Today, we will go and visit Shaoshan, the hometown of Chairman Mao. Shaoshan is a small mountain village about 100km southwest of Changsha, the capital of Hunan province, with some fairly beautiful scenery and a once typically Hunan village atmosphere, Shaoshan has been irreparably changed by history. On the 26th December 1893, a baby was born in a little house in this village, to a relatively wealthy peasant couple. The child was to grow up to become China's Great Helmsman, Chairman Mao Zedong, and it was in this region that he spent his childhood and youth, attending school and helping his father with his work.
As the hometown of the great man of the generation, now Shaoshan is one of the important tourist zones in Hunan province. The major tourist sites including the Former residence of Chairman Mao, Memorial Hall of Mao Zedong, Water-dripping Cave and Steles Forest of Mao's Poems， and so on.
The former residence of Chairman Mao is the most interesting site. Entered through a courtyard, the house is of a sunny yellow, mud brick walls, with a nicely thatched roof, and is found on a wooded hillside, above some lush paddy fields. There are 13 and one half rooms in the Former residence, which include one and half central room, a kitchen, a dining room, three family bedrooms and a guest room. Within the rooms are various personal effects of Mao and his parents, as well as photos from Mao's life.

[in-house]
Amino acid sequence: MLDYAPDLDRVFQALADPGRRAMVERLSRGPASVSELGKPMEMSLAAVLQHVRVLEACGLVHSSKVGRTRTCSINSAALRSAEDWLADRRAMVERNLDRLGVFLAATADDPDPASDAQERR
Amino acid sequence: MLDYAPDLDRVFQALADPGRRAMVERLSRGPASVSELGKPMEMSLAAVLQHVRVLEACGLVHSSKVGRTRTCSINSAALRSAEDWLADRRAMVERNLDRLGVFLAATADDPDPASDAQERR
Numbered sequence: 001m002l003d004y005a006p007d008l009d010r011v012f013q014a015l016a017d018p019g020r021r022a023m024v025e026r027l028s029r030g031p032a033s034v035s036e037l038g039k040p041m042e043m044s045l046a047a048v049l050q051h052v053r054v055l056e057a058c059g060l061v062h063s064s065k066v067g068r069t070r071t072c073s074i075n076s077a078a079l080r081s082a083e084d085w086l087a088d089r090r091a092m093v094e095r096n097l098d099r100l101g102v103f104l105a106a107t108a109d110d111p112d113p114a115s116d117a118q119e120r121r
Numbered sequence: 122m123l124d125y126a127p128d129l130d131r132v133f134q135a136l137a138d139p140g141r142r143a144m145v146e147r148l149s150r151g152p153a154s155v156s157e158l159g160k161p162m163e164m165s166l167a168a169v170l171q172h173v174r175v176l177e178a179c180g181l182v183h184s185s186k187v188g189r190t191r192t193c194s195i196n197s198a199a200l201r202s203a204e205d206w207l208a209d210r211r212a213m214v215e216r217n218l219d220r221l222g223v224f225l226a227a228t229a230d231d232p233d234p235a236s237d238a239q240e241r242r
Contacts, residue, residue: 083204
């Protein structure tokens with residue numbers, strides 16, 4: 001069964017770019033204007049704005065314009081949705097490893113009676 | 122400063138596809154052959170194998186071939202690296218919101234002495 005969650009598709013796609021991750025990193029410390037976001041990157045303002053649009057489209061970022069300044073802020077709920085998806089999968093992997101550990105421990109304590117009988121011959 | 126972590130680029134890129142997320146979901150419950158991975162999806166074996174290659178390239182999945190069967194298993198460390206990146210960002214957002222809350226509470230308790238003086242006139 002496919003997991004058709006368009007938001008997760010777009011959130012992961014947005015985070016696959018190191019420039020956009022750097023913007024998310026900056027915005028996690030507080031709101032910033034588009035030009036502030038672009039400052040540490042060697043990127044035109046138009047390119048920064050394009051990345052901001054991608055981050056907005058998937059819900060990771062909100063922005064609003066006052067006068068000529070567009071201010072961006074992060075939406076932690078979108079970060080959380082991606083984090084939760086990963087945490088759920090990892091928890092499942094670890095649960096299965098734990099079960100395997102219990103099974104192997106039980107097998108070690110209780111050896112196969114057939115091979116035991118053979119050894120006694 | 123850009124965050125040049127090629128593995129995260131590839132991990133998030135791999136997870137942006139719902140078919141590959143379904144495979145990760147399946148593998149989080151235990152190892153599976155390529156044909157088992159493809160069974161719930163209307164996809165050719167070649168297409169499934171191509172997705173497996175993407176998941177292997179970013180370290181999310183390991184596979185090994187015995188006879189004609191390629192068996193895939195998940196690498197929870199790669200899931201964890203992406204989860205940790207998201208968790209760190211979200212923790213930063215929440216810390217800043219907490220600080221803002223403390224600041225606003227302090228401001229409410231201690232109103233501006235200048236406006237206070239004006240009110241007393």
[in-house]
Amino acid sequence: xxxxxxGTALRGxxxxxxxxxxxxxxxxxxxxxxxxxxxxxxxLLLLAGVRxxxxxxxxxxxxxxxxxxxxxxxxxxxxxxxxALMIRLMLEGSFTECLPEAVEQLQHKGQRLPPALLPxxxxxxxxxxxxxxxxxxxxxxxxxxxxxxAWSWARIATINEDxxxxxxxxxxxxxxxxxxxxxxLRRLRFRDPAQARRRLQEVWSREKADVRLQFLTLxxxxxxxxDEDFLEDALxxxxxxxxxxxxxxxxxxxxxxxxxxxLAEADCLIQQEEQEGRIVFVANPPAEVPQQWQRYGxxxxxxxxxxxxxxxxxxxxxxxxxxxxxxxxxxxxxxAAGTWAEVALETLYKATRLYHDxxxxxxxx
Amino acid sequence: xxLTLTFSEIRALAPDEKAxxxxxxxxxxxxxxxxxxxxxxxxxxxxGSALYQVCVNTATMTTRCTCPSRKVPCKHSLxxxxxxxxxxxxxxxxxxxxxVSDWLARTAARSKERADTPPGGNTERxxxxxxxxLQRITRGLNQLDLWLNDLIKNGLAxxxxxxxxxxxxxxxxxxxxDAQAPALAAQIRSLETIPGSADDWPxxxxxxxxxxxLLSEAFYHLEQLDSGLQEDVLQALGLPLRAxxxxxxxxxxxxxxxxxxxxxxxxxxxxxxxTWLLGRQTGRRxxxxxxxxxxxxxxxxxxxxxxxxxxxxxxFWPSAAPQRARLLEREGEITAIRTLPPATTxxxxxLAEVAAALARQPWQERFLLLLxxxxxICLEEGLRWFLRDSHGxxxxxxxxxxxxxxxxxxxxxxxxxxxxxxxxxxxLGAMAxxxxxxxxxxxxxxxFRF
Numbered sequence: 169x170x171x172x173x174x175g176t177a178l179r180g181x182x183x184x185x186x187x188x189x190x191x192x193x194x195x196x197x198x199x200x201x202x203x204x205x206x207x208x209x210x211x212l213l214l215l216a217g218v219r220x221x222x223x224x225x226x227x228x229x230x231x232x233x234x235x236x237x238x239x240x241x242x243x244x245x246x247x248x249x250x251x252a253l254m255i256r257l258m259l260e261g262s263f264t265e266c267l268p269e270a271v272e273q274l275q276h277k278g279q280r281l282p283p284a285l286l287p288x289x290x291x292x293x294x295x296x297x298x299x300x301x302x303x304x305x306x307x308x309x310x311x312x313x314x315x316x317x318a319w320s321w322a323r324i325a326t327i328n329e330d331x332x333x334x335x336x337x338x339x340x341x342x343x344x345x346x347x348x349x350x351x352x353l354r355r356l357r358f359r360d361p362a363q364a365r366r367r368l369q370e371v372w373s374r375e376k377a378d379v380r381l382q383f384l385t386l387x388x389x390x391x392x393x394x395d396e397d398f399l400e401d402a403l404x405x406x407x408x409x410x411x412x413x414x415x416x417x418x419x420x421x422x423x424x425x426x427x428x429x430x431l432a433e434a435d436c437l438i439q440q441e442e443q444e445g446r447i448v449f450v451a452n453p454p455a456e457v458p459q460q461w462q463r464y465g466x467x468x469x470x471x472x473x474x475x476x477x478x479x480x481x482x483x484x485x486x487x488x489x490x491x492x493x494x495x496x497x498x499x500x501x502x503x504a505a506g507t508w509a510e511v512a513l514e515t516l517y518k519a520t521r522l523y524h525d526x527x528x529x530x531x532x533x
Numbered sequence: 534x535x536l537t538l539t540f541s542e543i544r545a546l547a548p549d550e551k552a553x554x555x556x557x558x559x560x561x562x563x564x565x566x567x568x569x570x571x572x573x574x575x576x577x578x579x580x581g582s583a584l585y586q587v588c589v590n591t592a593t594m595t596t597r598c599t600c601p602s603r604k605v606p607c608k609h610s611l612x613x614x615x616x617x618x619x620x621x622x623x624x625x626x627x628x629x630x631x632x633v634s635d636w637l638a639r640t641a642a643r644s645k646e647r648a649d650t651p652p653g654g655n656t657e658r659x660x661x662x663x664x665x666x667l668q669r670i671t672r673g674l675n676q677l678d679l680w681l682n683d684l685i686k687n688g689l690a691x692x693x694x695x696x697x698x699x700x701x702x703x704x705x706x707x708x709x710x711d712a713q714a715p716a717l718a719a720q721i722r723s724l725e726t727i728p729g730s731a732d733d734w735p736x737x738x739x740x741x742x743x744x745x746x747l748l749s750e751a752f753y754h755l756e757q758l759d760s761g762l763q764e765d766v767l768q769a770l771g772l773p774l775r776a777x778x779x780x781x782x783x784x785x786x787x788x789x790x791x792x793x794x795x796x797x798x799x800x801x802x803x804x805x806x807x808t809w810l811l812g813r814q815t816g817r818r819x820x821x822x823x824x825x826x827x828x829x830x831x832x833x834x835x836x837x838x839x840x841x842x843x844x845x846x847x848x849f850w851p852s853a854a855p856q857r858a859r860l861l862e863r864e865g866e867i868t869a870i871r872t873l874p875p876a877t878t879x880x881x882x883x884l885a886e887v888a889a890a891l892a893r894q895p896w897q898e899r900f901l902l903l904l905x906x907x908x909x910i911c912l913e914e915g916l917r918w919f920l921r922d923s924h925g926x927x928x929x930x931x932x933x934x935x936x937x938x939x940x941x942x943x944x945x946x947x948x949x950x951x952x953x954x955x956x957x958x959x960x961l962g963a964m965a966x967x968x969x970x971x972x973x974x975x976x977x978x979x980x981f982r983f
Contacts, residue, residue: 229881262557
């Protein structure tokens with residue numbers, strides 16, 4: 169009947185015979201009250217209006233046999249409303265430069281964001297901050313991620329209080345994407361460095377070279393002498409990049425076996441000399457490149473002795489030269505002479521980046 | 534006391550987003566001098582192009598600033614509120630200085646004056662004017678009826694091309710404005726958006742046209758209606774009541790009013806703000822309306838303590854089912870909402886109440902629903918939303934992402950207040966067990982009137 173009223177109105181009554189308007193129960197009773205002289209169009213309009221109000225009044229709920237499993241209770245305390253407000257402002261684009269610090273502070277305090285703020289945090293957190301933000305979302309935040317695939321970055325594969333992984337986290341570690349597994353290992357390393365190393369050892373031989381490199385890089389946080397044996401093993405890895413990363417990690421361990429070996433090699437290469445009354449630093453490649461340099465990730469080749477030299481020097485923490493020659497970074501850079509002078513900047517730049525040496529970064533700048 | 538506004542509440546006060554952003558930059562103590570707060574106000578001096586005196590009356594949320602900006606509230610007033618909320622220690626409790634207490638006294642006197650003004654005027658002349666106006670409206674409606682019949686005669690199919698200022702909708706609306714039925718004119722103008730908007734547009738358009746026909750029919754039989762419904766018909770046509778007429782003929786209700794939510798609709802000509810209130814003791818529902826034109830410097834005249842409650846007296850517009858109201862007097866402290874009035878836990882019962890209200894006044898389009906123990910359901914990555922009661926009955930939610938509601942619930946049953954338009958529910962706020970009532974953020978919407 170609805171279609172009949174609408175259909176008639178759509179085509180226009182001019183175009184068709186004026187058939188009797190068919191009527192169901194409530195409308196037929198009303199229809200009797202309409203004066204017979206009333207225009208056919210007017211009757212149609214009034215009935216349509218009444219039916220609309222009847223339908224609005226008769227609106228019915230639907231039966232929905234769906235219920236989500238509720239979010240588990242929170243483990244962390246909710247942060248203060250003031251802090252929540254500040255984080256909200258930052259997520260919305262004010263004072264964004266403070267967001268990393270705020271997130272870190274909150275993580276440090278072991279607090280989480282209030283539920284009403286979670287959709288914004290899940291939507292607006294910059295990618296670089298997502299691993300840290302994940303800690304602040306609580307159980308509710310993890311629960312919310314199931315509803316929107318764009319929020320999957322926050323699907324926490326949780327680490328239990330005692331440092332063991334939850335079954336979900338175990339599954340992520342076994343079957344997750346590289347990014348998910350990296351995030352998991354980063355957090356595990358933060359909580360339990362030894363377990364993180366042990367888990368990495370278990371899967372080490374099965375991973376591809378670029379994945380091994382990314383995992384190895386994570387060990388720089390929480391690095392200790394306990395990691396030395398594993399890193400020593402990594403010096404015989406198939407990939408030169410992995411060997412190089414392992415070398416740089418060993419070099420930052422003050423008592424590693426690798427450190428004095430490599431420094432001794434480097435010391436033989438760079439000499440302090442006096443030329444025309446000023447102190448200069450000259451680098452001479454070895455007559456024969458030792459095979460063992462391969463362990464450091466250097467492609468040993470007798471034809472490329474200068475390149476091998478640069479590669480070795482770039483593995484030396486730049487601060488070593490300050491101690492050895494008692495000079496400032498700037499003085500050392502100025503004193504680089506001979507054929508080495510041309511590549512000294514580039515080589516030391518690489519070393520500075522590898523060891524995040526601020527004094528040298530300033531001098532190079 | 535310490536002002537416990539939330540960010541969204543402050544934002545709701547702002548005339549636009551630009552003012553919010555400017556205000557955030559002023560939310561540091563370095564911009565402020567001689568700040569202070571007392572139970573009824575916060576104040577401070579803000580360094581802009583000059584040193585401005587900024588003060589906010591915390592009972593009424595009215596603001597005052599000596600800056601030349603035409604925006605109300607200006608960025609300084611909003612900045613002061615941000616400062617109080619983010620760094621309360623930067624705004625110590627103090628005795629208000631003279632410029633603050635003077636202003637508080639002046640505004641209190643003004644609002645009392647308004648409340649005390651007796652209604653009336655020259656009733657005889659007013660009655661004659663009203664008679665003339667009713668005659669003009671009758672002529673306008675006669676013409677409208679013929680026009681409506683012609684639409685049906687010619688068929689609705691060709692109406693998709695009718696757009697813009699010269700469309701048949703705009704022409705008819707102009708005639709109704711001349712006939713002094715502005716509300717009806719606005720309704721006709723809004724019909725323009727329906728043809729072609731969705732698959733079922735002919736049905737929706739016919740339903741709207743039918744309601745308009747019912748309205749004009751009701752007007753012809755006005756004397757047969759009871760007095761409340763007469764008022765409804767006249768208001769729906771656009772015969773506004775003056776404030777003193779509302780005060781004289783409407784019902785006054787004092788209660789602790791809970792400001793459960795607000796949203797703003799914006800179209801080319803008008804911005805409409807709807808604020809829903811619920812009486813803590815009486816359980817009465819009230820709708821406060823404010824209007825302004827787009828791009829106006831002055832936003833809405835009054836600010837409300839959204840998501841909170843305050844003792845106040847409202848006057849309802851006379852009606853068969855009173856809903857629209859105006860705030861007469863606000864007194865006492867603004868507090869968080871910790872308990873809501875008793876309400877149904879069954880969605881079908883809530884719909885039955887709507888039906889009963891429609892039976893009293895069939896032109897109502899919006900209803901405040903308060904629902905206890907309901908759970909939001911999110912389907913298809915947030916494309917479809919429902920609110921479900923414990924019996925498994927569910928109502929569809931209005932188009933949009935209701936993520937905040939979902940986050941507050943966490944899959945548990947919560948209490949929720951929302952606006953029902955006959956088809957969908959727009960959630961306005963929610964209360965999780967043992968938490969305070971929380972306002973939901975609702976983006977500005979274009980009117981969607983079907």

This is the central room, used by two families: Mao's family and their neighbor. So we said that there is only one half of the central room belongs to Mao's family. And this is there kitchen, where Chairman Mao often helped his mother doing some housework in his childhood. Go through the kitchen was Chairman Mao's parent's bedroom, there are two photos of Chairman Mao's parents on the inner wall, and it was in this room where Chairman Mao was born.
The Dripping Water Cave, about 3 km northwest of the village, is a very popular destination, possibly because of the fact that Mao allegedly spent 11 days here in the early days of the Cultural Revolution Years (1966-76), contemplating the unknown.